Twenty years ago, movies were movies. Great, good, bad, iconic, worth remembering.

(SOUNDBITE OF FILM, "FORREST GUMP")

HANNA HALL: (As Jenny) Run Forrest run.

(SOUNDBITE OF FILM, "SPEED")

DENNIS HOPPER: (As Howard Payne) Once the bus goes 50 miles an hour the bomb is armed. If it drops below 50 it blows up.

(SOUNDBITE OF FILM, "PULP FICTION")

JOHN TRAVOLTA: (As Vincent Vega) Do know what they call a quarter pounder with cheese in Paris?

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5:03pm

Sun July 13, 2014
Iraq

Kurdish Authorities Plan Referendum On Independence From Iraq

Originally published on Sun July 13, 2014 9:33 pm

NPR's Kelly McEvers talks to Middle East correspondent Leila Fadel about the rift between Iraqi Kurds and Iraq's central government in Baghdad.

4:54pm

Sat July 12, 2014
Remembrances

Tommy Ramone, Co-Founder Of The Ramones, Dies At 65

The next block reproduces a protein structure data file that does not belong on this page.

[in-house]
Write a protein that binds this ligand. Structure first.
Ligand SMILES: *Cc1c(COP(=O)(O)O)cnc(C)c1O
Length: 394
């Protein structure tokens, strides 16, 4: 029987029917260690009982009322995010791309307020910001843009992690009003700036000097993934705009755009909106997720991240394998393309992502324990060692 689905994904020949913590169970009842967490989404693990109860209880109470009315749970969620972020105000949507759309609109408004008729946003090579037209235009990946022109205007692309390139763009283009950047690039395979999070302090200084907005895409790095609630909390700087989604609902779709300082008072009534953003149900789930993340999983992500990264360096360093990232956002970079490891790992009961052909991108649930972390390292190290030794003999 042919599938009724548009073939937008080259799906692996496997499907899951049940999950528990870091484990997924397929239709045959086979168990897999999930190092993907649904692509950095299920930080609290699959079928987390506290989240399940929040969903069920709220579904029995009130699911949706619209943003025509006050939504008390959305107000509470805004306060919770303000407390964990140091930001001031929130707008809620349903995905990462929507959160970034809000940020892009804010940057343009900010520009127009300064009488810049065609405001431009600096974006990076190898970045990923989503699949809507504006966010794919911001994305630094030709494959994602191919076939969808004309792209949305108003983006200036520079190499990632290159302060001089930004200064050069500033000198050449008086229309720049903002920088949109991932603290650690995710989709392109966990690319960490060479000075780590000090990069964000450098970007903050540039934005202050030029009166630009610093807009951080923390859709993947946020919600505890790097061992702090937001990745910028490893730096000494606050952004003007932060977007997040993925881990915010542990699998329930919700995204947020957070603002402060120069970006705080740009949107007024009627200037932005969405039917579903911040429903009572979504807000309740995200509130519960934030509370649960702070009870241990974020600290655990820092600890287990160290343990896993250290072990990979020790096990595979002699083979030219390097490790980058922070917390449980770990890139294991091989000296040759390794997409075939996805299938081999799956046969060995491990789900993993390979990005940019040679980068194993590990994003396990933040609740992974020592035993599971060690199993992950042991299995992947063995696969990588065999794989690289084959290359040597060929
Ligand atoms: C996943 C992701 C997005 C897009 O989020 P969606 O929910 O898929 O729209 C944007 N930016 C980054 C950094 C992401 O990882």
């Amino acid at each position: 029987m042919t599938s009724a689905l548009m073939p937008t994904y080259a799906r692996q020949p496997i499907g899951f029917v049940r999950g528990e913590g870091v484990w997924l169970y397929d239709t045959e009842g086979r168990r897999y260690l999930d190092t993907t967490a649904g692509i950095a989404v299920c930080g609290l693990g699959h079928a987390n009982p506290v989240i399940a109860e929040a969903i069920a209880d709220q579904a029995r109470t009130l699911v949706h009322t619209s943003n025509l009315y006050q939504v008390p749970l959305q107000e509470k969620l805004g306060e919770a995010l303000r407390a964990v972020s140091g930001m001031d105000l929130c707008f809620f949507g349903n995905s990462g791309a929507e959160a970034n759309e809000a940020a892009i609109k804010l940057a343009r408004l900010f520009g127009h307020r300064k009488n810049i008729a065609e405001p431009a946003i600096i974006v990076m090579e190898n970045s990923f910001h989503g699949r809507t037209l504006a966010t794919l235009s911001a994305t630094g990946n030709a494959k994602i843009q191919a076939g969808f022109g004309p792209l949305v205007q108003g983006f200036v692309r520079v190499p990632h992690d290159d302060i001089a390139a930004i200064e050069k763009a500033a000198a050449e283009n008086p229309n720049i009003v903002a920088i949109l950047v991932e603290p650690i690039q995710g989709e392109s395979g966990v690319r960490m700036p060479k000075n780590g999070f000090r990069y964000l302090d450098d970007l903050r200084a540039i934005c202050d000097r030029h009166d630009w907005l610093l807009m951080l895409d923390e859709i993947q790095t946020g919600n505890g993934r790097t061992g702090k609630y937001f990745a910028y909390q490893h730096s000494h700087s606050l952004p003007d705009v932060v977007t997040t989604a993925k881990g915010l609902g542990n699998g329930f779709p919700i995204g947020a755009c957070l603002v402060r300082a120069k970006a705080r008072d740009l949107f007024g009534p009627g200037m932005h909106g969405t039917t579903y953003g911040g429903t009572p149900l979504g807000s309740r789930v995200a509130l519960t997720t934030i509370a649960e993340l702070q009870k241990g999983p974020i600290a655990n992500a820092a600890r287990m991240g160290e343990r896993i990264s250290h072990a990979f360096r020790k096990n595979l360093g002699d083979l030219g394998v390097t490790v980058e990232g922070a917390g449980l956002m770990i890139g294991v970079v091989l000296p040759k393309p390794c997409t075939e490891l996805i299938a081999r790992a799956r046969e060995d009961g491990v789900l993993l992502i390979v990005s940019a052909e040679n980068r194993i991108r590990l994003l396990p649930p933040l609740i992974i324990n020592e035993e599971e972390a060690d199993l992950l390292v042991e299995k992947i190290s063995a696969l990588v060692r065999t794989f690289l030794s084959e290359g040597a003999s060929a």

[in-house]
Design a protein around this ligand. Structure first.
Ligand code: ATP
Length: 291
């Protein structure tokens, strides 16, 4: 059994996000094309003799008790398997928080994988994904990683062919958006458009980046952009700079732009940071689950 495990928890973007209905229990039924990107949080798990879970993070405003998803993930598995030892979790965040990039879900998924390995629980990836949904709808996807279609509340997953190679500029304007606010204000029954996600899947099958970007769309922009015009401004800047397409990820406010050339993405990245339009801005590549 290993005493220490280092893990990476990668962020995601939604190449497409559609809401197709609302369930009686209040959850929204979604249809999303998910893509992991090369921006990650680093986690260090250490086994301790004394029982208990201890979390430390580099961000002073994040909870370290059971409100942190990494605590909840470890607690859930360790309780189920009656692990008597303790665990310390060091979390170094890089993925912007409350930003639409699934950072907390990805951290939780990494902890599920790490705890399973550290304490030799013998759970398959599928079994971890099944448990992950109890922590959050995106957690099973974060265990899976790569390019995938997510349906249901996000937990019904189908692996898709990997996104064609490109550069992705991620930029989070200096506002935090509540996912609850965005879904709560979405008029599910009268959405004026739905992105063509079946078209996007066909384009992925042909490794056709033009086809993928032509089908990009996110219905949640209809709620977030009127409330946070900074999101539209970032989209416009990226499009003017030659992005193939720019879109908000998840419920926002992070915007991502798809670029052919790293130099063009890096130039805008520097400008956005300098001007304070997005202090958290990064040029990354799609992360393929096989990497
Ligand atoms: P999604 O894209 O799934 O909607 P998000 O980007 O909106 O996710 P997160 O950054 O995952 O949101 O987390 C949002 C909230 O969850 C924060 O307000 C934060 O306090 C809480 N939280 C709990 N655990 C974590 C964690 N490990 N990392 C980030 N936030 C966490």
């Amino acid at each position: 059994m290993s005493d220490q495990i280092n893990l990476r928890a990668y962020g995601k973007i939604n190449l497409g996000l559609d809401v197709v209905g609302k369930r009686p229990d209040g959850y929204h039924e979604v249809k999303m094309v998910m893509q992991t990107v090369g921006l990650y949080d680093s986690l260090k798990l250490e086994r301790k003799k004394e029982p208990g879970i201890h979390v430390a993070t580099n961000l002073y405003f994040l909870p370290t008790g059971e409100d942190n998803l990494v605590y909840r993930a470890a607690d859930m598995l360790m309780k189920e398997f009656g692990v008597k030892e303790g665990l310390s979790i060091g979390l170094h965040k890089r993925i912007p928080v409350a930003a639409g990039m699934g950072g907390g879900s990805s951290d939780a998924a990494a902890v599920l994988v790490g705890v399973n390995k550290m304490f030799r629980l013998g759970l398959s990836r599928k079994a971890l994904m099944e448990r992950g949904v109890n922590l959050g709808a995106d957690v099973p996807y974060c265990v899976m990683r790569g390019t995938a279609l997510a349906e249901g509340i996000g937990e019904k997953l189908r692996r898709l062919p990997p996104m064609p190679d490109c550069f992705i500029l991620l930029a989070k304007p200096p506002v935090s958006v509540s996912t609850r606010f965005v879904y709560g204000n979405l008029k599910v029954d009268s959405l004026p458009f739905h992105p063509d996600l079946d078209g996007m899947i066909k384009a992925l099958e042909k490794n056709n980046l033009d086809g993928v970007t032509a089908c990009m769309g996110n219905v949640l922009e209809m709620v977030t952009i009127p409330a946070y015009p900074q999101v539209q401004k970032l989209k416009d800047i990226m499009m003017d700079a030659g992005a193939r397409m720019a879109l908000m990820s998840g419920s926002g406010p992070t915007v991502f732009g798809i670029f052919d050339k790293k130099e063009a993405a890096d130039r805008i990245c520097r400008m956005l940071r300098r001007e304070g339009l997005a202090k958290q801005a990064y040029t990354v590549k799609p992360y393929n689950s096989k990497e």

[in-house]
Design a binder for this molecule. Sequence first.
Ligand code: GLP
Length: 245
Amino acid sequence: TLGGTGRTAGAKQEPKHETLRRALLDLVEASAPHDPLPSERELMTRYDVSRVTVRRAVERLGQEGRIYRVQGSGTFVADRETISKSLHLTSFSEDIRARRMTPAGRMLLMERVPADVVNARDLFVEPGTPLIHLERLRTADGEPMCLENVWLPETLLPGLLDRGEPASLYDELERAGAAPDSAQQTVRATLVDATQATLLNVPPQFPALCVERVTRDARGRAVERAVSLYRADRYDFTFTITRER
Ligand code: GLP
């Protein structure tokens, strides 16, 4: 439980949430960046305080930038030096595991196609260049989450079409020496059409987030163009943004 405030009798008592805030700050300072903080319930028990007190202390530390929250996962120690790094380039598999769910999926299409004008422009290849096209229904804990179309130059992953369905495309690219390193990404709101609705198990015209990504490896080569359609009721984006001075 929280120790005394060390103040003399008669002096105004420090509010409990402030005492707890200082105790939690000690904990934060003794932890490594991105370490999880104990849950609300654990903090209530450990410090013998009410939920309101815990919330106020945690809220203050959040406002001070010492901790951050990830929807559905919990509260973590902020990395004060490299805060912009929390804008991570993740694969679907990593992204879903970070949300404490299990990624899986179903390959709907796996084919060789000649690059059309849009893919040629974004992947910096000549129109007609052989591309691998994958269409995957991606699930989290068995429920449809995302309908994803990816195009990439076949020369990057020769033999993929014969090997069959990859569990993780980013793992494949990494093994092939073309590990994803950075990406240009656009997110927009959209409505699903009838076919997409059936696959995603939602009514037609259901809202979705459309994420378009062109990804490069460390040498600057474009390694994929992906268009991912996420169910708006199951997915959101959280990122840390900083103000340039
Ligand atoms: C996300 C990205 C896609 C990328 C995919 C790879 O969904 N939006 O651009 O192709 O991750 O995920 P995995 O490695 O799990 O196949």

Originally published on Sat July 12, 2014 6:30 pm

Tommy Ramone, born Tom Erdelyi, has died at age 65. The drummer was the last living member of the legendary punk band he helped create.

4:54pm

Sat July 12, 2014
Sports

Heading Home To Ohio, LeBron Returns To Cleveland Cavaliers

Originally published on Sat July 12, 2014 6:30 pm

Four years after famously leaving, NBA superstar LeBron James has decided to return to the team where he started his professional career. Many fans in Cleveland say they're excited to have him back.

4:54pm

Sat July 12, 2014
NPR Story

Truckers Strike At LA Port, While Dock Worker Talks Continue

Originally published on Sat July 12, 2014 6:30 pm

Transcript

KELLY MCEVERS, HOST:

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6:38pm